Isolation and Characterization of the Acetylesterase of Hemagglutinating Encephalomyelitis Virus (HEV)
Receptor-destroying enzymes have long been thought to be present only on influenza viruses and paramyxoviruses but not on other animal viruses. Paramyxoviruses as well as influenza A and B viruses are able to inactivate their own receptors by virtue of a neuraminidase which cleaves terminal sialic acid from glycoproteins or gangliosides (Drzeniek, 1972). The corresponding enzyme of influenza C virus is a sialate 9-0-acetylesterase which releases acetyl residues from position C-9 of N-acetyl-9-O-acetyl-neuraminic acid (Neu5,9Ac2) (Herrler et al., 1985). Recently, sequencing of the genome of mouse hepatitis virus revealed an open reading frame which surprisingly showed some similarity to the glycoprotein HEF of influenza C virus (Luytjes et al., 1988). This finding prompted a search which resulted in the discovery that bovine Coronavirus (BCV) contains a sialate O-acetylesterase similar to the receptor-destroying enzyme of influenza C virus (Vlasak et al., 1988a). This enzyme is inhibited by diisopropylfluorophos-phate (DFP), which binds covalently to serine in the active-site of serine proteases and esterases. By using a radioactive form of this inhibitor protein E3 of BCV was identified as esterase (Vlasak et al., 1988b). The same glycoprotein has been shown previously to be involved in the hemagglutinating activity of BCV (King et al., 1985). Therefore, E3 is designated HE.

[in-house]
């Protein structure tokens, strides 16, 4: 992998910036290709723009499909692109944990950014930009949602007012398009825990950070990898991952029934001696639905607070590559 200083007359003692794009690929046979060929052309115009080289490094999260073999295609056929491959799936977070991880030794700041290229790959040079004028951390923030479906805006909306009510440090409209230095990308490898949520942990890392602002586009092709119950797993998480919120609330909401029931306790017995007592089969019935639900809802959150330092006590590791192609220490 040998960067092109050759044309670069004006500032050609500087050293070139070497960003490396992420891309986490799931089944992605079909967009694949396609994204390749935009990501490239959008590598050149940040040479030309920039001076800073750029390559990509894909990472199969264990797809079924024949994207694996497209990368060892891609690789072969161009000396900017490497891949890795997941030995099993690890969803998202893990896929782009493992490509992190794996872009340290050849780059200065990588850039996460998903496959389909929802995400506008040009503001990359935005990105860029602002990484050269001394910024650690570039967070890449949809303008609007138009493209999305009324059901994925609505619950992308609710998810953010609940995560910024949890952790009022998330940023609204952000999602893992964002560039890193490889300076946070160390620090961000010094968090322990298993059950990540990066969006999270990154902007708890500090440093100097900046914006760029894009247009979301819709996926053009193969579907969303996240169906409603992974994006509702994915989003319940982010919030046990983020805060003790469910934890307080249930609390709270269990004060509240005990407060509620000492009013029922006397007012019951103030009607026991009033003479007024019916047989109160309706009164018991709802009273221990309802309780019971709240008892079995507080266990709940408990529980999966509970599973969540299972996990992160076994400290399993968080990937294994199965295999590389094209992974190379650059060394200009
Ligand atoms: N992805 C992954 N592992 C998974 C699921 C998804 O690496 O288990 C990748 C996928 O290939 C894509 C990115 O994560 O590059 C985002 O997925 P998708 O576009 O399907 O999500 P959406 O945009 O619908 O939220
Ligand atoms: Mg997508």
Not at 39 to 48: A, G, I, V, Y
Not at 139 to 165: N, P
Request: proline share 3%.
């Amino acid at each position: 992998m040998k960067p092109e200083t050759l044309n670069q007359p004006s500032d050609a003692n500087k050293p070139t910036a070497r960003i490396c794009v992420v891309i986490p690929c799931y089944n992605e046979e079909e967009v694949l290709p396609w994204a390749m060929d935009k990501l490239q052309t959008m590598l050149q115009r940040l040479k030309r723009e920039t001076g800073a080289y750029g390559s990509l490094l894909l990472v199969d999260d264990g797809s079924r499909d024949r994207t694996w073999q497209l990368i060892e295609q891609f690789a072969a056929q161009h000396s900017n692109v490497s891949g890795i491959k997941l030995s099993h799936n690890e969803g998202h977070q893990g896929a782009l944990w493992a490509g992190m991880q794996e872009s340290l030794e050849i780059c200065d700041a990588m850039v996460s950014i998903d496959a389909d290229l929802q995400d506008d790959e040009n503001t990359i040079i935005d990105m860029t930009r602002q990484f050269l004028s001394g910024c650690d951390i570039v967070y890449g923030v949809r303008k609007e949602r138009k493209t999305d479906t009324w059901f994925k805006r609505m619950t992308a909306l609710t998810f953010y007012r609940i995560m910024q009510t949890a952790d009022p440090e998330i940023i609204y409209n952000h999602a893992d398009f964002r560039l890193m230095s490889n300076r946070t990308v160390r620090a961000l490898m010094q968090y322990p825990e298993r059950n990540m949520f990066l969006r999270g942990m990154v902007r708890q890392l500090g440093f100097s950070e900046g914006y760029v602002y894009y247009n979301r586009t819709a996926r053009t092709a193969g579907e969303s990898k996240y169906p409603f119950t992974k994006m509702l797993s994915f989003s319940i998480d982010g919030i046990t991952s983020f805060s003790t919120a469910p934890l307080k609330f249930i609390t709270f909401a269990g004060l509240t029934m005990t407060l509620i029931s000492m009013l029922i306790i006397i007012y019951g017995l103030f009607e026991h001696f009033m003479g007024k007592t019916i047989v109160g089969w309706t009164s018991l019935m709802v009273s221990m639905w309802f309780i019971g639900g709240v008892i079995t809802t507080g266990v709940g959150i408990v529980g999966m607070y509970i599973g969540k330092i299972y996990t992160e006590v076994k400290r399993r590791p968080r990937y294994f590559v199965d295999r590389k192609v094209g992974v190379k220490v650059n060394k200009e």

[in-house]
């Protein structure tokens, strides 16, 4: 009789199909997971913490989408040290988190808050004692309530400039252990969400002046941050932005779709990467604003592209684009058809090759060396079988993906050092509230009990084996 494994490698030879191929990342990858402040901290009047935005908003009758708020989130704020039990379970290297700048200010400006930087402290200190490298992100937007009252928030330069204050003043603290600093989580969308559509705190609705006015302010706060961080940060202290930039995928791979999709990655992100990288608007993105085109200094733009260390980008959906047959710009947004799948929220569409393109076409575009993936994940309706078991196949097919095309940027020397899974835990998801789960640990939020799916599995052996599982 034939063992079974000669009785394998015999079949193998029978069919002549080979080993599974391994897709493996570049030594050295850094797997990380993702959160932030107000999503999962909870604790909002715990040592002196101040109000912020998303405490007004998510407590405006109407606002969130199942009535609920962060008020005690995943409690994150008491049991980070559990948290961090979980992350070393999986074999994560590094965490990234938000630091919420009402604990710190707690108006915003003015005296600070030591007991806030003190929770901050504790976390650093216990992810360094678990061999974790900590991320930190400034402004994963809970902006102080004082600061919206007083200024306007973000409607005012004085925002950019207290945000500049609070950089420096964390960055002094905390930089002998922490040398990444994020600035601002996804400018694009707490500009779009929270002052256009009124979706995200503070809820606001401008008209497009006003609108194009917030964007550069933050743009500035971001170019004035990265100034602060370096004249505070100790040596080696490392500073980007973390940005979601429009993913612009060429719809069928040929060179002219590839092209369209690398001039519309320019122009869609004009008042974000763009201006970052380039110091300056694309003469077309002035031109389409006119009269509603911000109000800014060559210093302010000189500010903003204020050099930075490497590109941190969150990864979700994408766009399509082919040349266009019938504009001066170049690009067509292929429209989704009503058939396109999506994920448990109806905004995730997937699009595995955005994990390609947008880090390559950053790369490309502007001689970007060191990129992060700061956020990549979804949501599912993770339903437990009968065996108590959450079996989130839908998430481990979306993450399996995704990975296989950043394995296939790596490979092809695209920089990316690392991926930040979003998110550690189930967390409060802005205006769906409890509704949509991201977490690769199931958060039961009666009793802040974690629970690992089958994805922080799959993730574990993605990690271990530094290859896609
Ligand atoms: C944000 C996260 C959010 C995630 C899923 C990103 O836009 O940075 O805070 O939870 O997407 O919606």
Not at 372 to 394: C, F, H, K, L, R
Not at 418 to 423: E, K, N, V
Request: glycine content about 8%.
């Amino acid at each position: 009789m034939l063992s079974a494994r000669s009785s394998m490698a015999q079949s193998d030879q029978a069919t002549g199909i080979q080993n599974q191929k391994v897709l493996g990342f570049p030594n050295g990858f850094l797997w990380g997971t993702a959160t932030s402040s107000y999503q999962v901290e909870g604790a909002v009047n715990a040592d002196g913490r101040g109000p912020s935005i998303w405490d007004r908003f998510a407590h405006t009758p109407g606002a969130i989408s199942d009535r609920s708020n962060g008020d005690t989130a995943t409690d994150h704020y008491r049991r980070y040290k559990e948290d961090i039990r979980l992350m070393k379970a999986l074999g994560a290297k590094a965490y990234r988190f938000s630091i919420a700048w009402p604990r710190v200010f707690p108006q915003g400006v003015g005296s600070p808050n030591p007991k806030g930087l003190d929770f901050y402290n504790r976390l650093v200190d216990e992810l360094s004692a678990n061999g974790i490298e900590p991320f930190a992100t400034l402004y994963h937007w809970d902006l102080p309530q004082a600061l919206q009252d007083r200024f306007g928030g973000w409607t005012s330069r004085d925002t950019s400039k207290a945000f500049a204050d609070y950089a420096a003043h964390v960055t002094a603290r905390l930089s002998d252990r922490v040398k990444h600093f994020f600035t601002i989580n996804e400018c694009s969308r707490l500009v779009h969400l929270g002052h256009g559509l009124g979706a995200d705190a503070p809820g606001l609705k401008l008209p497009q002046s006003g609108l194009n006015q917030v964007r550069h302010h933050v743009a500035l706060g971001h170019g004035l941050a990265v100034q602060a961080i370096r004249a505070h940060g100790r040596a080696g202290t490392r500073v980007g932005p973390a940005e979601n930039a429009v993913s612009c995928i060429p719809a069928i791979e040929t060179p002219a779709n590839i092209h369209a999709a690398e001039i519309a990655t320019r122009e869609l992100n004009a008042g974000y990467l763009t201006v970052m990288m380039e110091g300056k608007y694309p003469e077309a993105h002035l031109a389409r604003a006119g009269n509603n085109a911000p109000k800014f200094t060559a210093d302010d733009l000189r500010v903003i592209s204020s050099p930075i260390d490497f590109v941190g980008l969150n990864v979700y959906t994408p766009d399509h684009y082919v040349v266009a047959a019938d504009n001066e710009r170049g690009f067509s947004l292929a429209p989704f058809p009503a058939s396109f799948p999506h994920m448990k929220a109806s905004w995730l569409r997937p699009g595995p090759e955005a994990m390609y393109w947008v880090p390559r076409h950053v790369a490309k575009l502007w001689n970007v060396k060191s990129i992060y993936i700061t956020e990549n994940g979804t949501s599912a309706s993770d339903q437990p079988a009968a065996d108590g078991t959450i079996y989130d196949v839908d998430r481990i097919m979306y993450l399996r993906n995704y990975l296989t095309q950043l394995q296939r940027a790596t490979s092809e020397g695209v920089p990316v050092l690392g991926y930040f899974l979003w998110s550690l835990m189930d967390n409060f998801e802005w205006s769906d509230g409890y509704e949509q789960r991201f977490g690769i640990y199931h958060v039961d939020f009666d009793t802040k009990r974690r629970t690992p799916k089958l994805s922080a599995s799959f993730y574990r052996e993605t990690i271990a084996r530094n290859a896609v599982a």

KeywordsEsterase Activity Hemagglutinating Activity Neuraminic Acid Mouse Hepatitis Virus Terminal Sialic Acid
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